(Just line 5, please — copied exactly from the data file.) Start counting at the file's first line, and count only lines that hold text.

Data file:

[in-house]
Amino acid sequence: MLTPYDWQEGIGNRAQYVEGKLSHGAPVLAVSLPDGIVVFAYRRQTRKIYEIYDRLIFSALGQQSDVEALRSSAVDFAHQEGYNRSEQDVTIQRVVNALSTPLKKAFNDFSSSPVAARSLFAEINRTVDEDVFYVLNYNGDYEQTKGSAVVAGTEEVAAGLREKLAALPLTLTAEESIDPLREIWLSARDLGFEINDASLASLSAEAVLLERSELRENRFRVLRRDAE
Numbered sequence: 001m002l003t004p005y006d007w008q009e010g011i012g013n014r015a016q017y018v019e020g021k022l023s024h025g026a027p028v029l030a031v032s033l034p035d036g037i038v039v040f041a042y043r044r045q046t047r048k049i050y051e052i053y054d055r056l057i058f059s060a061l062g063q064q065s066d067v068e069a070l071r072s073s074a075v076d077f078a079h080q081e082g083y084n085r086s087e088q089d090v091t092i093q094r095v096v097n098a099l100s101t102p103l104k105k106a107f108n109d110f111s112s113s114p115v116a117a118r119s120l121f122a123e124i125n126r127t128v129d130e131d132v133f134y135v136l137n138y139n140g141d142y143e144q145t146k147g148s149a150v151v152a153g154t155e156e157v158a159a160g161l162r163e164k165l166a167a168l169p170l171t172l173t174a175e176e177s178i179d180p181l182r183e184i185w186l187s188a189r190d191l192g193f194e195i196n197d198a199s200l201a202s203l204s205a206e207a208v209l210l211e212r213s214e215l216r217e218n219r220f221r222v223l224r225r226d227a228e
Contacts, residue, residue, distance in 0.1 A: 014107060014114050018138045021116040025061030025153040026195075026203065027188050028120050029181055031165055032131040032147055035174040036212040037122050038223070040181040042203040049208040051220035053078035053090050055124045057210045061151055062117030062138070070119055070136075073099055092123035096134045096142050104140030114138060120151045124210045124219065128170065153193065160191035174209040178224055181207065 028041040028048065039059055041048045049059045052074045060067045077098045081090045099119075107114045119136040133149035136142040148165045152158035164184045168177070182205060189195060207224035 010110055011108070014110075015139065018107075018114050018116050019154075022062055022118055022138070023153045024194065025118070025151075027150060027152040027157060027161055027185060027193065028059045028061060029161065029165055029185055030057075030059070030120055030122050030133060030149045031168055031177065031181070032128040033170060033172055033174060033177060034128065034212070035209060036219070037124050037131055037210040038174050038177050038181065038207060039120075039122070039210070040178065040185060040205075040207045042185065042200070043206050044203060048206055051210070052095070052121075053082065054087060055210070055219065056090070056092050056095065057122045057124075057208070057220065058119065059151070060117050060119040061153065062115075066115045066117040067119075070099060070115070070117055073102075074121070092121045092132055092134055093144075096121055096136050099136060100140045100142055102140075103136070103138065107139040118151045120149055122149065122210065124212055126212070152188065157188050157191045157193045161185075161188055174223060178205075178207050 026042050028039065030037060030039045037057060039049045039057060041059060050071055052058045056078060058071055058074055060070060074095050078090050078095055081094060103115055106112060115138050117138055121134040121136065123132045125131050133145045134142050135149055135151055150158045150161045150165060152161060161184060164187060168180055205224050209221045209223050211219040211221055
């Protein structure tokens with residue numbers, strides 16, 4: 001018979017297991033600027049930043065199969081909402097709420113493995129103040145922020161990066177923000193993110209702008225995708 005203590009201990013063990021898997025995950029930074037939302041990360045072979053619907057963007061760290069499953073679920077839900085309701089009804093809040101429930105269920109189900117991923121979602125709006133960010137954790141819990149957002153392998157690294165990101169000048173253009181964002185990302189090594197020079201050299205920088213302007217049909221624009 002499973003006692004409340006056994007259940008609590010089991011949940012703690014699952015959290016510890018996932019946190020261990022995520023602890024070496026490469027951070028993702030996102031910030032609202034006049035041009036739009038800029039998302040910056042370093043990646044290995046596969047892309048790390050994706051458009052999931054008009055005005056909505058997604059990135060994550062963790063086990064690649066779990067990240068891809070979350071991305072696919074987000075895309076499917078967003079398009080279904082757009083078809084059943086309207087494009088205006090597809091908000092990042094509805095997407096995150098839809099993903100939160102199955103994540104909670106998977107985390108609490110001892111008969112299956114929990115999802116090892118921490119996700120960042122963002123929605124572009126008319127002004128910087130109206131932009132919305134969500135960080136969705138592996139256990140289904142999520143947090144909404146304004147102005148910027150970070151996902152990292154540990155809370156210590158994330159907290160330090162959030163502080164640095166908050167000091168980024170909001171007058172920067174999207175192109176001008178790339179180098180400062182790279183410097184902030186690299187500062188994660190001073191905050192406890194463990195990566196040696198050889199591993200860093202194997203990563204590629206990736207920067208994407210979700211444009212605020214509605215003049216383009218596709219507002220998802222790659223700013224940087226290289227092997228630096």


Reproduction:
């Protein structure tokens with residue numbers, strides 16, 4: 001018979017297991033600027049930043065199969081909402097709420113493995129103040145922020161990066177923000193993110209702008225995708 005203590009201990013063990021898997025995950029930074037939302041990360045072979053619907057963007061760290069499953073679920077839900085309701089009804093809040101429930105269920109189900117991923121979602125709006133960010137954790141819990149957002153392998157690294165990101169000048173253009181964002185990302189090594197020079201050299205920088213302007217049909221624009 002499973003006692004409340006056994007259940008609590010089991011949940012703690014699952015959290016510890018996932019946190020261990022995520023602890024070496026490469027951070028993702030996102031910030032609202034006049035041009036739009038800029039998302040910056042370093043990646044290995046596969047892309048790390050994706051458009052999931054008009055005005056909505058997604059990135060994550062963790063086990064690649066779990067990240068891809070979350071991305072696919074987000075895309076499917078967003079398009080279904082757009083078809084059943086309207087494009088205006090597809091908000092990042094509805095997407096995150098839809099993903100939160102199955103994540104909670106998977107985390108609490110001892111008969112299956114929990115999802116090892118921490119996700120960042122963002123929605124572009126008319127002004128910087130109206131932009132919305134969500135960080136969705138592996139256990140289904142999520143947090144909404146304004147102005148910027150970070151996902152990292154540990155809370156210590158994330159907290160330090162959030163502080164640095166908050167000091168980024170909001171007058172920067174999207175192109176001008178790339179180098180400062182790279183410097184902030186690299187500062188994660190001073191905050192406890194463990195990566196040696198050889199591993200860093202194997203990563204590629206990736207920067208994407210979700211444009212605020214509605215003049216383009218596709219507002220998802222790659223700013224940087226290289227092997228630096």